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Vascular Disease Prevention Benefits of Aspirin Uncertain

Last Updated: May 29, 2009.

 

As primary prevention, it reduces heart attacks but increases bleeds, study suggests

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The benefits of using aspirin in the primary prevention of vascular disease are uncertain because it reduces the risk of heart attack but increases the risk of internal bleeding, according to a study published in the May 30 issue of The Lancet.

FRIDAY, May 29 (HealthDay News) -- The benefits of using aspirin in the primary prevention of vascular disease are uncertain because it reduces the risk of heart attack but increases the risk of internal bleeding, according to a study published in the May 30 issue of The Lancet.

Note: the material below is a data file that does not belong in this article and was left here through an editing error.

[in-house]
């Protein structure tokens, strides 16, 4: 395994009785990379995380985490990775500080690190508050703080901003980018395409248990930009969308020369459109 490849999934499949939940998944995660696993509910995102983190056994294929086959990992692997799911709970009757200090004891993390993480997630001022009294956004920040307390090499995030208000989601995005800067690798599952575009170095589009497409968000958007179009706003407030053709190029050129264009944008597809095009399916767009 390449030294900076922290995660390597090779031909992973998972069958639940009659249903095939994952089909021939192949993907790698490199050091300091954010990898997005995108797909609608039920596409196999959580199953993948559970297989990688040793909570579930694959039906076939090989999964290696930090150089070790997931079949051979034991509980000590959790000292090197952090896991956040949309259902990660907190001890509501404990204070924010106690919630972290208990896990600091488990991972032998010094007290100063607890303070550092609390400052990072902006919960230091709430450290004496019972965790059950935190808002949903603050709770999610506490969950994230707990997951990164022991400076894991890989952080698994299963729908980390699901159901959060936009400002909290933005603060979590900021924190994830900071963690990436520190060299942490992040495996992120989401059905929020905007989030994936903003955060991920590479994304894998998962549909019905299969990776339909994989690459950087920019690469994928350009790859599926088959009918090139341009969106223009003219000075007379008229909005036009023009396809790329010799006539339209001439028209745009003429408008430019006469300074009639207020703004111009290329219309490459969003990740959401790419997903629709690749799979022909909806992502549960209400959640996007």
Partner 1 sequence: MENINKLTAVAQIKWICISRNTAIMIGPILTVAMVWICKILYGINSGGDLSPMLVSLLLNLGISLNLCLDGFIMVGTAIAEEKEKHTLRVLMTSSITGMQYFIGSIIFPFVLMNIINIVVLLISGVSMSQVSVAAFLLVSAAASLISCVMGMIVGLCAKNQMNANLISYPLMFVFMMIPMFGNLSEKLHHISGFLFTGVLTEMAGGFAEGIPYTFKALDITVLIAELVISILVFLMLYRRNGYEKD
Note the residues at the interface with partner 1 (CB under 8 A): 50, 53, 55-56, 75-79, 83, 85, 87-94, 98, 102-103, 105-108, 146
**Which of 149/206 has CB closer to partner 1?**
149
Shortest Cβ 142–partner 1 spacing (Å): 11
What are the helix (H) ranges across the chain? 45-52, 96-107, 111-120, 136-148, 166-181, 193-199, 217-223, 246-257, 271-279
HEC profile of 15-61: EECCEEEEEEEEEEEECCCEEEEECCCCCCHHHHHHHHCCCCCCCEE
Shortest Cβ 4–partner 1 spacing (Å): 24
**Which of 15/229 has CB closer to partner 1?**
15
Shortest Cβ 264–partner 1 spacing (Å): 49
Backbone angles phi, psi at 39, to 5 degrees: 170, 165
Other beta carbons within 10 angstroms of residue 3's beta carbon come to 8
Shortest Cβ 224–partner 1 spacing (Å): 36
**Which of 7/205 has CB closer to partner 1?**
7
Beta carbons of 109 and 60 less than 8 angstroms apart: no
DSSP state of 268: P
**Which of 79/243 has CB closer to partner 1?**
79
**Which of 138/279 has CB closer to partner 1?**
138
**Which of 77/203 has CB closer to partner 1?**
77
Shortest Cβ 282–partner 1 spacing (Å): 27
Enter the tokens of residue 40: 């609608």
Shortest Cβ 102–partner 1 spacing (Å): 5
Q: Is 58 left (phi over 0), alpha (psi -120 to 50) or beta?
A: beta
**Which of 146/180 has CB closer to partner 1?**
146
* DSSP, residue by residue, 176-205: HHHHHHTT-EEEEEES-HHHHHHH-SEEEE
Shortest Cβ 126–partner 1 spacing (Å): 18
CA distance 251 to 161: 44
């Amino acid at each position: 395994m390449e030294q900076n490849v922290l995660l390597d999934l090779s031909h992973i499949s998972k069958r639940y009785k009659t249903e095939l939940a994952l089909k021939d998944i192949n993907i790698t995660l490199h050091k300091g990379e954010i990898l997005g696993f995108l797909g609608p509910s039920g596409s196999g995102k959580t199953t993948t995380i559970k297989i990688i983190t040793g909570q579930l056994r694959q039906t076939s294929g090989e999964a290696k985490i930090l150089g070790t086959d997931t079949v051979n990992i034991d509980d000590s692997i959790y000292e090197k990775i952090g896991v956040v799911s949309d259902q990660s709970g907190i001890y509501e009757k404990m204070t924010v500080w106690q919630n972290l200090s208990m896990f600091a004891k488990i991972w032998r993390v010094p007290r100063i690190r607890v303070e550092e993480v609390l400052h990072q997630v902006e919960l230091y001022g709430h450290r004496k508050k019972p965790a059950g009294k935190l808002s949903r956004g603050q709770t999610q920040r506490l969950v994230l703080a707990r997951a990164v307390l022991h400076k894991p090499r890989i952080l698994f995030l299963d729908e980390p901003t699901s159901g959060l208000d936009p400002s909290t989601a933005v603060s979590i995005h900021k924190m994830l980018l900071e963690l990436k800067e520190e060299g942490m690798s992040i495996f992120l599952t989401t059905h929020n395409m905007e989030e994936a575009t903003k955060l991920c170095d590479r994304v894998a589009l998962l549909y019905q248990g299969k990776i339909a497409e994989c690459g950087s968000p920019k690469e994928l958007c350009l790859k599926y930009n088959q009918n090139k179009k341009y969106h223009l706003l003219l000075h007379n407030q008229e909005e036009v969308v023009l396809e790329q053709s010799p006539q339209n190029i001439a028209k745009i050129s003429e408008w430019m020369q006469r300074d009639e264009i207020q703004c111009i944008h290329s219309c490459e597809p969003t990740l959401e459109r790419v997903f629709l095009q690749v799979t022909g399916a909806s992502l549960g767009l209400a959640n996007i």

Colin Baigent, of the University of Oxford in the United Kingdom, and colleagues in the Antithrombotic Trialists' Collaboration conducted a meta-analysis of 22 trials that compared long-term aspirin use to control, six of which were primary prevention trials comprising 95,000 patients at low average risk and 16 of which were secondary prevention trials comprising 17,000 people at high average risk.

In the primary prevention trials, the risk of myocardial infarction was reduced by approximately one-fifth, but the risk of gastrointestinal and extracranial bleeds was increased, the investigators found. Aspirin yielded a 12 percent proportional reduction in serious vascular events (0.51 percent aspirin versus 0.57 percent control per year). In the secondary prevention trials, aspirin allocation resulted in a greater absolute reduction in serious vascular events (6.7 percent aspirin versus 8.2 percent control).

"In primary prevention without previous disease, aspirin is of uncertain net value as the reduction in occlusive events needs to be weighed against any increase in major bleeds. Further trials are in progress," the authors conclude.

Some members of the Antithrombotic Trialists' Collaboration reported financial ties to the pharmaceutical industry.

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